Mazatlán has an entire city full of local shops and Mexican supermarkets both large and small. But it’s nice to know you can go to Home Depot or Walmart for some one-stop shopping, if you’re working on a home-improvement project, say. They’re also good for items that can otherwise be hard to find in Latin America.
#6: A newly completed highway adds a “path-of-progress” angle to the market…
Durango is the inland city closest to Mazatlán, and the drive between the two used to be an arduous, all-day affair. But a new highway (including 60 tunnels) was recently completed between the two cities and has drastically reduced the drive time to about two and a half hours. This makes Mazatlán an easy destination from Durango—a city of 650,000 people in a state of 1.7 million—and has made it much more viable as a second-home market.
#7: You can drive here…
You can drive from Arizona in just one long day or two easy days.
#8: Mazatlán’s historic center continues its renaissance…
The colonial center in Mazatlán begins right at the beach, and it’s the heart of the city. While somewhat seedy in years gone by, Mazatlán’s historic center has undergone a major renaissance in recent years. It’s an attractive and walkable area with an orderly Spanish-colonial street layout.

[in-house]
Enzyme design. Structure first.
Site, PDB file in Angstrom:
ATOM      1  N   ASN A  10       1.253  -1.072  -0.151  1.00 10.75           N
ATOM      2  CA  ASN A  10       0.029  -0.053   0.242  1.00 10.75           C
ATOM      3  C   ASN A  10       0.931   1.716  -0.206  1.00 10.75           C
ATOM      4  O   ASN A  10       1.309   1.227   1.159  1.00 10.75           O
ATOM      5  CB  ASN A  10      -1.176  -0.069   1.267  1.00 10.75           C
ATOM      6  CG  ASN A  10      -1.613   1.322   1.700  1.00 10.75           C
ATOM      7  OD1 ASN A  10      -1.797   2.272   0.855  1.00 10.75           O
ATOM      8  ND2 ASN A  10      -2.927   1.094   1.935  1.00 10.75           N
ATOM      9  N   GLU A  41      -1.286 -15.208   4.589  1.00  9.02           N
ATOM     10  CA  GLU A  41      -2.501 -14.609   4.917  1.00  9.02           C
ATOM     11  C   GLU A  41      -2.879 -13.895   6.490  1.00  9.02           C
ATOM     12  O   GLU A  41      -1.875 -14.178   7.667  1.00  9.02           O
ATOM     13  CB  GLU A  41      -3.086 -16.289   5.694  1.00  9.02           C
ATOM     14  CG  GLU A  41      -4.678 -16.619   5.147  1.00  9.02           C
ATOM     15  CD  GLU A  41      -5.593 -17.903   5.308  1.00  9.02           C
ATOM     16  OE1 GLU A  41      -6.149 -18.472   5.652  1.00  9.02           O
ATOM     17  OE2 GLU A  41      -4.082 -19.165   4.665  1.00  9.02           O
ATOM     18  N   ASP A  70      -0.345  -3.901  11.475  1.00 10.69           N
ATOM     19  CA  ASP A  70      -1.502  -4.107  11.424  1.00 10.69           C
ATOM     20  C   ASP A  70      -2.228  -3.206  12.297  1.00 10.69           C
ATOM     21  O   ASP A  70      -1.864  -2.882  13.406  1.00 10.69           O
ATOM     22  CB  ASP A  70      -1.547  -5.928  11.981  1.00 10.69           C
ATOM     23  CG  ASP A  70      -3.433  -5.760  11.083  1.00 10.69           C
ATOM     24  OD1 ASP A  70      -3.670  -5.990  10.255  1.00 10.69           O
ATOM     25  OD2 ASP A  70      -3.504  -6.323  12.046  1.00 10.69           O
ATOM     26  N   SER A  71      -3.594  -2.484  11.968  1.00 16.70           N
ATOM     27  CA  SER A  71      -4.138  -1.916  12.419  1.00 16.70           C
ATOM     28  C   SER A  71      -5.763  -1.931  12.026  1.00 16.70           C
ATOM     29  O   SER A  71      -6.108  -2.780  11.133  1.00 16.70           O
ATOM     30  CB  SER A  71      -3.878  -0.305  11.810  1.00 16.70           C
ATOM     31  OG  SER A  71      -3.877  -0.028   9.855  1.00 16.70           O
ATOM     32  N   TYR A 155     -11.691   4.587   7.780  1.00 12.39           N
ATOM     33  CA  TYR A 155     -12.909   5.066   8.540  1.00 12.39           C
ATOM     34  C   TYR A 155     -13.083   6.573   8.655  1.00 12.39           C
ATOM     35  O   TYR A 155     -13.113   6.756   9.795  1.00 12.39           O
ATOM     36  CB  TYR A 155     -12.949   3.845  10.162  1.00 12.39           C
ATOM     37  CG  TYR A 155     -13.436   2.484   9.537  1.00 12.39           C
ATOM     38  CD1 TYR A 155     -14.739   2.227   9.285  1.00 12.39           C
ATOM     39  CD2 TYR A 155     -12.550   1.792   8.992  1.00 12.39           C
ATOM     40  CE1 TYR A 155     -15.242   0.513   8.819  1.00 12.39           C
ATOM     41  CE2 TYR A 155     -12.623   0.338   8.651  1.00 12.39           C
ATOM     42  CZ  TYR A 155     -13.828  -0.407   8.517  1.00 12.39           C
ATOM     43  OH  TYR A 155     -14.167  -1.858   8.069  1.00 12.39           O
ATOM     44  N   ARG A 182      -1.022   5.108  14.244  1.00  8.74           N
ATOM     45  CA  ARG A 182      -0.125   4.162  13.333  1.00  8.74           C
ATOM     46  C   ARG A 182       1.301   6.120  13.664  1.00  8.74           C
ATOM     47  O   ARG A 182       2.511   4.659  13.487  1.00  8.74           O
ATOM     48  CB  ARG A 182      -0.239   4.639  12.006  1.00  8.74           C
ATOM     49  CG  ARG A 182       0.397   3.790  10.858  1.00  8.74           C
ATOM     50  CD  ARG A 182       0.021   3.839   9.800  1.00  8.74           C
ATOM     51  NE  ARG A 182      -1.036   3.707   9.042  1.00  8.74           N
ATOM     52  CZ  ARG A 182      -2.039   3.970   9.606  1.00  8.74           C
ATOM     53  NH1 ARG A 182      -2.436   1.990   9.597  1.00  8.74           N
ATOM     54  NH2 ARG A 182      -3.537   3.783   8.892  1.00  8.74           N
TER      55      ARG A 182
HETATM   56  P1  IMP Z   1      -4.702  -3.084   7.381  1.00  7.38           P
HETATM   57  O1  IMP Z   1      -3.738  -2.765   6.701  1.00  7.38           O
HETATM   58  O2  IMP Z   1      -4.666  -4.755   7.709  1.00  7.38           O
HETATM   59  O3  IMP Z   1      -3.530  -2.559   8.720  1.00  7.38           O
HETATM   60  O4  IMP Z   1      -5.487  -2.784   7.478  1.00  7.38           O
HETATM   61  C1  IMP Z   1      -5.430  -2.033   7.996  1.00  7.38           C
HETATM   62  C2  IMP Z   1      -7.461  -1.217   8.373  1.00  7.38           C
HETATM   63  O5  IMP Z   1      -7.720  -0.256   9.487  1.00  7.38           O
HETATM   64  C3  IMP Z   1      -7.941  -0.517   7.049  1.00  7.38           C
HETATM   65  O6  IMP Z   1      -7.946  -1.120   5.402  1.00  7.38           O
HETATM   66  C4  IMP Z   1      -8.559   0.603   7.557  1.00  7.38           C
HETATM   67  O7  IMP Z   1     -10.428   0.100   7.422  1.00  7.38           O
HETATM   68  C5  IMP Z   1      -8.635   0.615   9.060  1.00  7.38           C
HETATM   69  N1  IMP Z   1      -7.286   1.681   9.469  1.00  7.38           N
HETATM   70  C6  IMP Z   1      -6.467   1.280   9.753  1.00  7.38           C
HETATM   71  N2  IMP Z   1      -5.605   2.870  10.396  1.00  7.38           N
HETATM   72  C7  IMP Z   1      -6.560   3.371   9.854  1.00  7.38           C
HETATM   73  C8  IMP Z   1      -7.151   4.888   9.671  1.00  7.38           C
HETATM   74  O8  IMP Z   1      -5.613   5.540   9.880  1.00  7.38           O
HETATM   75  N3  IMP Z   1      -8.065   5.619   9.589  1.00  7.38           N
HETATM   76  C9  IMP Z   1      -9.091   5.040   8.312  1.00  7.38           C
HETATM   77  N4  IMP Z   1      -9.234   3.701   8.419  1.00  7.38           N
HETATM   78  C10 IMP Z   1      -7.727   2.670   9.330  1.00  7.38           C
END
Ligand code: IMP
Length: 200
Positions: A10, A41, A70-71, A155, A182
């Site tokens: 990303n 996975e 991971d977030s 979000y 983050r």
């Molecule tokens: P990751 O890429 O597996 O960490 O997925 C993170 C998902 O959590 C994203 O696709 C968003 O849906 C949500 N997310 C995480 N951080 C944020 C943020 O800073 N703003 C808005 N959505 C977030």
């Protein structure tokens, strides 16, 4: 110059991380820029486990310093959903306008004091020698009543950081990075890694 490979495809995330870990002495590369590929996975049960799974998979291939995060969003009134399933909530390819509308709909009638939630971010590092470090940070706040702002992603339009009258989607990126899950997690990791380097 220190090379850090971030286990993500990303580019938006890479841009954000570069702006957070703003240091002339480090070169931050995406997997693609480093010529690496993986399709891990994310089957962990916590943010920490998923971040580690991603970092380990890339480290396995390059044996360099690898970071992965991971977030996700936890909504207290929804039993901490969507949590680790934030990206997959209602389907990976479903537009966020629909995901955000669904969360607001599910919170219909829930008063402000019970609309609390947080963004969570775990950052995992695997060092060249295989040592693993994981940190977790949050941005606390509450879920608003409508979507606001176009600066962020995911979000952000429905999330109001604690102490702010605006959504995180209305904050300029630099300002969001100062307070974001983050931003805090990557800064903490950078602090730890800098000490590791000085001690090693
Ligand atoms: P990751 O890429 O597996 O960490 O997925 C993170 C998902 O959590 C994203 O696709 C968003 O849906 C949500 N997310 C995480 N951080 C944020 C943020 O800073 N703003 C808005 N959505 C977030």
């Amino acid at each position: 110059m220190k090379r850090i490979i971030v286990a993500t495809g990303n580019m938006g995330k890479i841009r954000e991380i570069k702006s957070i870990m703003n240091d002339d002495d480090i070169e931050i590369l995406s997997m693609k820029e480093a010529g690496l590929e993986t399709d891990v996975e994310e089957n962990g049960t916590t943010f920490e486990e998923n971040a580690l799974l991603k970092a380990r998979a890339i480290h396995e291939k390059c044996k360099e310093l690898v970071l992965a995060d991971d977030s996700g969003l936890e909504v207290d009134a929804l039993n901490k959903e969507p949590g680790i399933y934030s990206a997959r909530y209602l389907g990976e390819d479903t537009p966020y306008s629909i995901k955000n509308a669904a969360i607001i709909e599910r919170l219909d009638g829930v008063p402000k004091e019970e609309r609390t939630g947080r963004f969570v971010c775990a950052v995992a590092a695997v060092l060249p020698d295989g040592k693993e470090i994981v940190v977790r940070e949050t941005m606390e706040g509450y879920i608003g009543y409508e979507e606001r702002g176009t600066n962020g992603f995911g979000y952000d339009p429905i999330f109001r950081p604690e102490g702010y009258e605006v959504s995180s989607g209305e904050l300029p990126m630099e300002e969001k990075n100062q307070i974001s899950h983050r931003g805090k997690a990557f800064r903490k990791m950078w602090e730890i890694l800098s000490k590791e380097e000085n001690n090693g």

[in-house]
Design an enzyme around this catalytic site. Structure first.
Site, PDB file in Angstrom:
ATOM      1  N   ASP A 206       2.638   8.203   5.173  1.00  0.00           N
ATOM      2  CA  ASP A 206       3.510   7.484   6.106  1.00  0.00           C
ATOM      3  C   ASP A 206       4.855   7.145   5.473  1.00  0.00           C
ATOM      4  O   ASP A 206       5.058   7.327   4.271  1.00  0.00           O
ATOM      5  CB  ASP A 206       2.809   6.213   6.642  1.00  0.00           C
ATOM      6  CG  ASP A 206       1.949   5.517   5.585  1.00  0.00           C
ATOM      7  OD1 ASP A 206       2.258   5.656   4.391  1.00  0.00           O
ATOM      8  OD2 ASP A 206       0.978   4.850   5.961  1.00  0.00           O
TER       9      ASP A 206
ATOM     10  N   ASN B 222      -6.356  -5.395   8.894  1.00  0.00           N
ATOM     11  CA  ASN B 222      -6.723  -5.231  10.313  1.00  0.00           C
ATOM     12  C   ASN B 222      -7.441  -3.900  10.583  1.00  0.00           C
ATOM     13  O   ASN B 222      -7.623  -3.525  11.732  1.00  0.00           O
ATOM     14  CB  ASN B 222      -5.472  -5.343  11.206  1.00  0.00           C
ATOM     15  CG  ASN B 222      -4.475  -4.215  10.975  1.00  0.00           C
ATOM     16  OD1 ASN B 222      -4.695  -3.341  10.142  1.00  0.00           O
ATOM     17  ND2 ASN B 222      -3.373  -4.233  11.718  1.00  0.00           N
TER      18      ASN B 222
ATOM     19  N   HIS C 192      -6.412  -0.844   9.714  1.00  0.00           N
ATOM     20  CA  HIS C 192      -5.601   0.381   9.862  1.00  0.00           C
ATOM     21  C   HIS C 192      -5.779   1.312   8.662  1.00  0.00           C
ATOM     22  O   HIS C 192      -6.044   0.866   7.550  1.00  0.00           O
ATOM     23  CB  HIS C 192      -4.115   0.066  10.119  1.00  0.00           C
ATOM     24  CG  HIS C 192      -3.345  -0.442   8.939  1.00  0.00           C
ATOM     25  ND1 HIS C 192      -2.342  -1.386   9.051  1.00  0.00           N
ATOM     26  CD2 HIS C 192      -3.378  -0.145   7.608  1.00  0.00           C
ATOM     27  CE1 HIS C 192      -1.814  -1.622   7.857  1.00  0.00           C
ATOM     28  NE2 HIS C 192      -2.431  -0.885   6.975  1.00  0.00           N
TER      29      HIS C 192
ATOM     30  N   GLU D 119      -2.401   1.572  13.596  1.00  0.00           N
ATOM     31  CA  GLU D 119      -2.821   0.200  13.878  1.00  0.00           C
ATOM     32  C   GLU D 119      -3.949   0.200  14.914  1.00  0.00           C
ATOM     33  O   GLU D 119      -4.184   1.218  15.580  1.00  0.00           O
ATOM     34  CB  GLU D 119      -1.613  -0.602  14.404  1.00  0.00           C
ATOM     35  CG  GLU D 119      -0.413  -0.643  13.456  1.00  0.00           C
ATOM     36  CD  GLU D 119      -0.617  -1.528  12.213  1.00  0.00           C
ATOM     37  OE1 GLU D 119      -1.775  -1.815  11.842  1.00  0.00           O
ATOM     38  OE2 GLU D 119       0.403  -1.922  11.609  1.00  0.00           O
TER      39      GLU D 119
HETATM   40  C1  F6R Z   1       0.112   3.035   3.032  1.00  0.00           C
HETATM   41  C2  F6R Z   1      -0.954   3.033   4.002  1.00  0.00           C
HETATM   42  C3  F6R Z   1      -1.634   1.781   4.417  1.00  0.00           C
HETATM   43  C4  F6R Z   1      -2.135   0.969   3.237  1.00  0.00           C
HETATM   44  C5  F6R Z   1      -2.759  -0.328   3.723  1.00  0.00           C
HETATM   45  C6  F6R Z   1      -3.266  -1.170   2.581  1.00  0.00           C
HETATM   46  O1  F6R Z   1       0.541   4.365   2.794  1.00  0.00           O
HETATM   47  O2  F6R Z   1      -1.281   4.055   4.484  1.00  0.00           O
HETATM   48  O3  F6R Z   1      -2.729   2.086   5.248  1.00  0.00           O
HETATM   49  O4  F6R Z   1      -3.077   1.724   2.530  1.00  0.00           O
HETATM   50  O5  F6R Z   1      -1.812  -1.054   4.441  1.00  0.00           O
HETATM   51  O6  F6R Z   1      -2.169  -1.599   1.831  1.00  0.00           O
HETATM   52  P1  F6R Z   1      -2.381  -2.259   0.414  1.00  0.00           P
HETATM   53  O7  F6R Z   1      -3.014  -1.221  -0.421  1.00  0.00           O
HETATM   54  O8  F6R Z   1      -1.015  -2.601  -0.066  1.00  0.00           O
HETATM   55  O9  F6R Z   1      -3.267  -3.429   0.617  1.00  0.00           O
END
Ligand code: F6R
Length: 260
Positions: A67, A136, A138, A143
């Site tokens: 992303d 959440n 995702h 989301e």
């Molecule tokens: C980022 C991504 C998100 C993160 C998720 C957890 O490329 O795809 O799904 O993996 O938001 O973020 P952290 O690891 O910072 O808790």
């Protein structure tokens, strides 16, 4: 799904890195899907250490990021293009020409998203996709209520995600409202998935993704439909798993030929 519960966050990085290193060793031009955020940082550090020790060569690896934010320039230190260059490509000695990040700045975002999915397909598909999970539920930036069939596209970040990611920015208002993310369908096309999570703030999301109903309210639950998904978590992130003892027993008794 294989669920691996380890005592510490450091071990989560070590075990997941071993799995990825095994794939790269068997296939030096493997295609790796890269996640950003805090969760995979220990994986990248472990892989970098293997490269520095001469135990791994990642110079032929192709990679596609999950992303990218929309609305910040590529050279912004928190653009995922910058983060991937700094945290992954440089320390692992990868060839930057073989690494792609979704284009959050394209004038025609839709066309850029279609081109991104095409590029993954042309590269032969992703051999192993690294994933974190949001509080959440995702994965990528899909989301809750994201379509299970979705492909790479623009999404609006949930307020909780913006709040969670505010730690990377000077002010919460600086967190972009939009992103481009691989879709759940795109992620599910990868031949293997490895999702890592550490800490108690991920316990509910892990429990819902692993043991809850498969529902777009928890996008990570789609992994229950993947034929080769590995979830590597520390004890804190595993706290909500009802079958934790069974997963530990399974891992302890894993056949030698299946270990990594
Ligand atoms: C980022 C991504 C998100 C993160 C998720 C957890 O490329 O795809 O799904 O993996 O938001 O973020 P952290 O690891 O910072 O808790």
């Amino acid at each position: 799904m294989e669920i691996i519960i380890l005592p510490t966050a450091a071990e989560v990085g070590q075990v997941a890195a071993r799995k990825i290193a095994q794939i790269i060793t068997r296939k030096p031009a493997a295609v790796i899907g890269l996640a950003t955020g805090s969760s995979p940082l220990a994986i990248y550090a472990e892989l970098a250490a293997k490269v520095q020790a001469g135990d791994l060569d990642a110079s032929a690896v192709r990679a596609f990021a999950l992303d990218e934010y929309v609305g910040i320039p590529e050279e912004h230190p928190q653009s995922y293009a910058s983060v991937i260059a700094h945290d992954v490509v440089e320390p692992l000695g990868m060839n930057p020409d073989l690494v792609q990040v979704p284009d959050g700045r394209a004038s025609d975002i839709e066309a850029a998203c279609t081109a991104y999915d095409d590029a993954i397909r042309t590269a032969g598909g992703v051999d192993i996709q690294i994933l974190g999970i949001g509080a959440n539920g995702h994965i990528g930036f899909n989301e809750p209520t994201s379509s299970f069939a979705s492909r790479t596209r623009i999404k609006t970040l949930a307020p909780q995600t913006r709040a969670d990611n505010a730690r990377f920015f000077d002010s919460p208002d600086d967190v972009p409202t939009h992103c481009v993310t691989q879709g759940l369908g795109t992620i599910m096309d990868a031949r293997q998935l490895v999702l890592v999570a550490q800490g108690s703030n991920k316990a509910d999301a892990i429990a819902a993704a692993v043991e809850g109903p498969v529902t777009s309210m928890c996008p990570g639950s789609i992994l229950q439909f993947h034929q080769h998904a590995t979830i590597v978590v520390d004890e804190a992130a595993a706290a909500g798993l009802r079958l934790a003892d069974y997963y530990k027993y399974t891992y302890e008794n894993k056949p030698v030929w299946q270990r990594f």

On some streets, almost the entire block has been converted from decaying buildings to attractive colonial homes.
And the restaurant scene is blossoming in the historic center. And I’m not talking about burritos and rice. Many of the chefs here in Mazatlán are doing an impressive job.
Ground zero for this renaissance is the square called Plazuela Machado, which is now surrounded by a pleasant collection of outdoor cafés and international restaurants. At the west end of the plaza is Teatro Angela Peralta, the city’s most famous theater, which opened its doors in 1874.
Located about four blocks west of Plazuela Machado, the closest beach to the Centro Histórico is called Olas Altas, which means “high waves.” The beach itself is a crescent-shaped, sandy cove about a quarter mile in length (400 meters).
If you walk just two blocks north and two blocks east from Plaza Machado, you’re in the middle of a bustling downtown that is genuine Latin America with hundreds of small shops, banks, businesses, produce markets, and parks.
Mazatlán’s historic center is an excellent choice for those who seek Spanish-colonial living with easy access to the beach. It’s a great option if you want “more Mexico, less resort.” The areas around Plazuela Machado and Olas Altas beach have plenty of visitors and expats, but the rest of Centro Histórico is old-fashioned Mexico.
If a non-touristy Mexican lifestyle is your objective—or you like the idea of purchasing an old colonial property to restore—then you should take a look at Mazatlán’s Centro Histórico.
As I said, I’m completely sold on this location. I look forward to continuing to spend part of each year here for many years to come.
Editor, Overseas Property Alert